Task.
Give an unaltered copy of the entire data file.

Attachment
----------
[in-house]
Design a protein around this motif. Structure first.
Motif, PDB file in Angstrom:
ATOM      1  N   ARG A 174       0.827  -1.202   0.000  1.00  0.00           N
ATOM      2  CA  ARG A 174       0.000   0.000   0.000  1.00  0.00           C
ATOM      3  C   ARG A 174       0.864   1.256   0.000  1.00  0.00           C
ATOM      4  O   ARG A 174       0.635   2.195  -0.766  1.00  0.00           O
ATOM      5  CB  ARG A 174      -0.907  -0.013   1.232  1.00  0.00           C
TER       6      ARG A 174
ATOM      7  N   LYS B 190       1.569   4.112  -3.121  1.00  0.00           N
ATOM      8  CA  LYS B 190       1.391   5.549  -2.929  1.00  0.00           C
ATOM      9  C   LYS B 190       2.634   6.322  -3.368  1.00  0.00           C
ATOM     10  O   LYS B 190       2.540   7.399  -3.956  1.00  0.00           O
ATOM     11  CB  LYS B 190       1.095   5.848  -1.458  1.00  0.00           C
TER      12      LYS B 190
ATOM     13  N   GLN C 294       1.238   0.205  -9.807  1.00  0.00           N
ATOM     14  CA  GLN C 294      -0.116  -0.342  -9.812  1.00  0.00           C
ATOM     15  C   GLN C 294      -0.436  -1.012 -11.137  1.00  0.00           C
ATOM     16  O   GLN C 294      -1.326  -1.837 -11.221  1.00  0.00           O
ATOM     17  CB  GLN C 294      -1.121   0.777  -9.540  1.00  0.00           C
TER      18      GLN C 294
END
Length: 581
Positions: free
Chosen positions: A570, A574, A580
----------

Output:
[in-house]
Design a protein around this motif. Structure first.
Motif, PDB file in Angstrom:
ATOM      1  N   ARG A 174       0.827  -1.202   0.000  1.00  0.00           N
ATOM      2  CA  ARG A 174       0.000   0.000   0.000  1.00  0.00           C
ATOM      3  C   ARG A 174       0.864   1.256   0.000  1.00  0.00           C
ATOM      4  O   ARG A 174       0.635   2.195  -0.766  1.00  0.00           O
ATOM      5  CB  ARG A 174      -0.907  -0.013   1.232  1.00  0.00           C
TER       6      ARG A 174
ATOM      7  N   LYS B 190       1.569   4.112  -3.121  1.00  0.00           N
ATOM      8  CA  LYS B 190       1.391   5.549  -2.929  1.00  0.00           C
ATOM      9  C   LYS B 190       2.634   6.322  -3.368  1.00  0.00           C
ATOM     10  O   LYS B 190       2.540   7.399  -3.956  1.00  0.00           O
ATOM     11  CB  LYS B 190       1.095   5.848  -1.458  1.00  0.00           C
TER      12      LYS B 190
ATOM     13  N   GLN C 294       1.238   0.205  -9.807  1.00  0.00           N
ATOM     14  CA  GLN C 294      -0.116  -0.342  -9.812  1.00  0.00           C
ATOM     15  C   GLN C 294      -0.436  -1.012 -11.137  1.00  0.00           C
ATOM     16  O   GLN C 294      -1.326  -1.837 -11.221  1.00  0.00           O
ATOM     17  CB  GLN C 294      -1.121   0.777  -9.540  1.00  0.00           C
TER      18      GLN C 294
END
Length: 581
Positions: free
Chosen positions: A570, A574, A580